I was born with the condition of the wide-awake dreamer. I can still feel the wind blowing at the temples of my sixteenth year at a time when I was living on the back of a camel, crossing long stretches of bumpy desert road in search of a well that doesn’t go dry. Painting was my love, but one day I had reluctantly to dismount, as we were in Algeria where there was a war going on with the French army and I was a draft able young Frenchman.

Quietly unwinding in the back of my head during the long period of my reluctant military service was a subversive lasso of satire and derision that would later help me catch and drag through the dirt the crassness and stupidity of the French “petite-bourgeoisie.”

It was in Paris in May 1968, however, that the real change took place for me. I was feeling closer to the Situationists than to the art establishment. I remember this marvellous sentence on the walls of Paris at the time - “Sous les pavés - la page” (“Under the pavement - the beach”). There was a call for a new poetic energy - the Parisian art world was anaemic. The system of the Beaux Arts Academy was ossified and centred around the conservative Prix de Rome. Picasso, already in decline, was hard to shake. Bernard Buffet, catapulted to a Paris-Match - type fame, was the prototype of the 1980s New York art-star systems. Soulless was no Franz Kline and in his small formats, his black bars were shaking. Georges Mathieu was officially crowned by André Malraux as “at last, an occidental calligrapher” as though Bottlieb didn’t exist. Mannnessier could be dangerously decorative and Bazaine, as a postimpressionist, lacked the tension of his American colleagues. When the American Painting Show was on view in 1965 at the Musée d’Art Moderne, everything fell into perspective. It was in that artistic context in the years following May 1968 that I started to publish absurdist drawings-cum-cartoons in the new magazines of black humour like Hara-Kiri and Charlie. 

At the end of the 1960s, I began painting again. The human figure, which had troubled me for several years, found its way into my paintings disguised as semi-abstract signs and caricatural characters that popped from the painterly ground like knots of light or ghost-like figures concretizing space. The drawn line, clear on a colored ground, held the systems of shapes like a luminous net. The slapstick mood and lushness of color rendered less threatening my private bestiary of violent instincts, bawdy manners, diffuse fear, contagious glee, and even, sometimes, serenity.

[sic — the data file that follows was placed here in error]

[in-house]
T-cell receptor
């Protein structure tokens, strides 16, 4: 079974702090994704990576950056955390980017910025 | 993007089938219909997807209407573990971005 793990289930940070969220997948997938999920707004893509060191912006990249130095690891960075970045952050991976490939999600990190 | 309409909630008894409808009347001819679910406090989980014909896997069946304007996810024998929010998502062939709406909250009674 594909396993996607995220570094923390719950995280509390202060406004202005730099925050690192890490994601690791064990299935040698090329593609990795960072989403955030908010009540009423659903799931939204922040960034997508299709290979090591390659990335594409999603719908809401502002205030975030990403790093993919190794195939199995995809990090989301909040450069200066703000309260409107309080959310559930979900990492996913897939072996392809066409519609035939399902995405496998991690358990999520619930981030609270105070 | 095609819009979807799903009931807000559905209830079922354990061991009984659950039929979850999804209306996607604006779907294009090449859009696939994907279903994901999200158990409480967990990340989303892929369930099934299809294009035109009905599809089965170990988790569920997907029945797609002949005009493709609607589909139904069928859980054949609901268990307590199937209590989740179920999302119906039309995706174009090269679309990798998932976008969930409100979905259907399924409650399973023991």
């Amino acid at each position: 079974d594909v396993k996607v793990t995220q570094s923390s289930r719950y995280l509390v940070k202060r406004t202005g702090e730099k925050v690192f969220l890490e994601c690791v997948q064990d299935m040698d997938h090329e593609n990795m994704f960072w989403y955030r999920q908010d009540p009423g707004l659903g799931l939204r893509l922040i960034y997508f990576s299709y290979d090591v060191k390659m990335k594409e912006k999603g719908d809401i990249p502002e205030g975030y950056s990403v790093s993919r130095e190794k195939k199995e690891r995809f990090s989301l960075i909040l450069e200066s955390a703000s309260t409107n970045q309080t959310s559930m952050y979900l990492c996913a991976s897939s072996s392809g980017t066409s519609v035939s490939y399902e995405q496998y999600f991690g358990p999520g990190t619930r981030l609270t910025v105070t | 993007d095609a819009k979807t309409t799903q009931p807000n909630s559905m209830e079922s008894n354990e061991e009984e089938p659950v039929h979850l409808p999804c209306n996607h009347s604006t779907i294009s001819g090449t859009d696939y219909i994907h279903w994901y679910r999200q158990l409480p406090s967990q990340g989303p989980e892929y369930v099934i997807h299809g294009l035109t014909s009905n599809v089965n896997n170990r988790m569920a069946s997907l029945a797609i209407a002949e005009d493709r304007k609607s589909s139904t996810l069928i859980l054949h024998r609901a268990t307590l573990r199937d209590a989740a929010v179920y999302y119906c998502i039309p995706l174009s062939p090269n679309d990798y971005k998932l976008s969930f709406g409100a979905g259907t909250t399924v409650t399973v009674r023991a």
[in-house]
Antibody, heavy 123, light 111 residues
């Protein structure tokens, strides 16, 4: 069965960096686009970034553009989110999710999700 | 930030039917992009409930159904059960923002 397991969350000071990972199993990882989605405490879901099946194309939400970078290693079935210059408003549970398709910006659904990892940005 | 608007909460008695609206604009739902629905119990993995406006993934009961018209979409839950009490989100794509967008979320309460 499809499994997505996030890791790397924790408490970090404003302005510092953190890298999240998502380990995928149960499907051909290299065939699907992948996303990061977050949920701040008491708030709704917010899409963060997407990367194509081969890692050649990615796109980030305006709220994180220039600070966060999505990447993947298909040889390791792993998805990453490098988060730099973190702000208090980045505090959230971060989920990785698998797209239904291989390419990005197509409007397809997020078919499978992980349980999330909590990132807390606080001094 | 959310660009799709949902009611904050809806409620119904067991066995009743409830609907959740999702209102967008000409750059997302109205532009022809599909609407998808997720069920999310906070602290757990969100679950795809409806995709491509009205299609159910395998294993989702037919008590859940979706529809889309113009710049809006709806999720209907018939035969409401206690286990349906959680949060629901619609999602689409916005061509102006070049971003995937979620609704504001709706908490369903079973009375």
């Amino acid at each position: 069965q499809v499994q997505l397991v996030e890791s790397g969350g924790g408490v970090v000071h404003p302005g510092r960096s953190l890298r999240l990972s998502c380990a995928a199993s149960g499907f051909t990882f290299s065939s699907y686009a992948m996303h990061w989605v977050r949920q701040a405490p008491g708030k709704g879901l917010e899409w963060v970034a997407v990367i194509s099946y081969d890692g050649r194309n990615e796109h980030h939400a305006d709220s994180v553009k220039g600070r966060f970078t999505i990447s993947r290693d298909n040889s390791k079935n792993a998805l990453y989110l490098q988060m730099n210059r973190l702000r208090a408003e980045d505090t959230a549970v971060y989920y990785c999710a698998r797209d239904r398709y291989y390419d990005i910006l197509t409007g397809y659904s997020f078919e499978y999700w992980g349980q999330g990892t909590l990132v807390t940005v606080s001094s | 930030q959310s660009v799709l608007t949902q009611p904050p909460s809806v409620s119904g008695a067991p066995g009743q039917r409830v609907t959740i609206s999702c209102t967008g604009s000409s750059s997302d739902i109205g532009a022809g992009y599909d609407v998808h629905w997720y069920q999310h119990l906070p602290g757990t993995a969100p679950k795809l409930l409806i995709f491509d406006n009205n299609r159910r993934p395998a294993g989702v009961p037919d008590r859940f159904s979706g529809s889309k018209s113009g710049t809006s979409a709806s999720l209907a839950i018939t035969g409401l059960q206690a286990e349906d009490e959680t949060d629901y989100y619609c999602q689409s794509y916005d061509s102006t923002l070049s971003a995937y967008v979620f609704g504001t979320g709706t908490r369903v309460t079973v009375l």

extract from MEANING: An Anthology of Artist’s Writings, Theory, and Criticism, Edited by Susan Bee and Mira Schor, Jacques Roch [p245]



 In the fifties, during my studies at the “Ecole des Beaux-Arts de Lyon” I traveled to Morocco, Greece, and later to Algeria where I was sent drafted by the Army. Now more than ever I am still within the light of these Mediterranean countries. In 1955 I was accepted in one of the Painting Studios at the “Ecole Nationale Superieure des Beaux-Arts de Paris”.When I came back from the war in Algeria in 1962, I started to paint the sensuous forms of the cactus pears, in which I could see the drama of secret battles.
    May 1968 in Paris caught me within the Situationist movement. I was given the opportunity to produce a book of drawings called “Paris Ville Piege”, published in 1970 by André Baland, in which the monuments of Paris are transformed into a new reality. I also produced a series of surrealist humorous comic strips published in magazines at the time. Over the following years I received commissions for several works as part of the 1% allocation scheme for the decoration of High Schools in regions of France.   My main preoccupation in these was to create site specific pieces that would encourage playful interaction from the students, such as a snail for nesting in the ground or a mosaic dragon for sitting on, within the context of a situationist approach. 
   In 1979 I came to New York and started to paint again. The intensity and diversity of the street life and the culture of graffiti were new influences for me and I responded in my paintings by developing a world of line drawn characters playing out their inner psychic tensions on a ground of luscious abstractions. I had my first show in New York in 1983, curated in Franklin Street by Cathy Goncharov. This was followed by three shows in the East Village at the Bruno Fachetti and M13 galleries. In 1990 Jeanette Ingberman and Papo Colo curated a survey show of my work at Exit Art with the title “Ten Years of Painting in NYC”. This show was to be the inspiration for an article by the art critic Robert C.Morgan ,“After the Deluge, the Return of the Inner Directed Artist”, published in Art Magazine in March 1992. I then had four shows at the Kim Foster Gallery, including The Myth of the Unicorn, from which a painting was featured in the retrospective show on The Figure curated by Lilly Wei at Snug Harbor in 2000. 
    The last show at Kim Foster constitutes a homage to to remoteness and yet proximity of the island as a dream. A series of island forms cast in pigmented resin from a clay original appear either as individual sculptural creatures or as characters integrated within a painting on canvas. This work is now being developed further as a collaborative project through the medium of digital video, in which the figure of the artist, that is myself, becomes re-inscribed within the inner personal landscape of the island settings. Over the last few years I have also been working on a series of dreamscape monotypes, which include the element of these island forms. My next show at Kim Foster will be a retrospective of the last 30 years of my work, scheduled for 2005. 

artist statement by Jacques Roch